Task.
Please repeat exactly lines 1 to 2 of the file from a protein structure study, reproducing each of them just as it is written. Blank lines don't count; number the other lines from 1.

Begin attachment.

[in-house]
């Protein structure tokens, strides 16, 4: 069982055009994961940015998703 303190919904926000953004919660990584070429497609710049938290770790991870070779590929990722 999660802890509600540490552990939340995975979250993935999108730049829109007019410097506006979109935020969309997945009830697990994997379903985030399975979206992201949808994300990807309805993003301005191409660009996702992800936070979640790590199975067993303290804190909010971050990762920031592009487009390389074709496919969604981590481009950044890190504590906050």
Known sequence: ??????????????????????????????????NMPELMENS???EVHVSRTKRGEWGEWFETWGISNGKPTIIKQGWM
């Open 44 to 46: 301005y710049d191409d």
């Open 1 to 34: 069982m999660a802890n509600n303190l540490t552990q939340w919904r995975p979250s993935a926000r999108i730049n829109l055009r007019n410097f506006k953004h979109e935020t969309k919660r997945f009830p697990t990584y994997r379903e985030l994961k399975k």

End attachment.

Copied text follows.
[in-house]
């Protein structure tokens, strides 16, 4: 069982055009994961940015998703 303190919904926000953004919660990584070429497609710049938290770790991870070779590929990722 999660802890509600540490552990939340995975979250993935999108730049829109007019410097506006979109935020969309997945009830697990994997379903985030399975979206992201949808994300990807309805993003301005191409660009996702992800936070979640790590199975067993303290804190909010971050990762920031592009487009390389074709496919969604981590481009950044890190504590906050």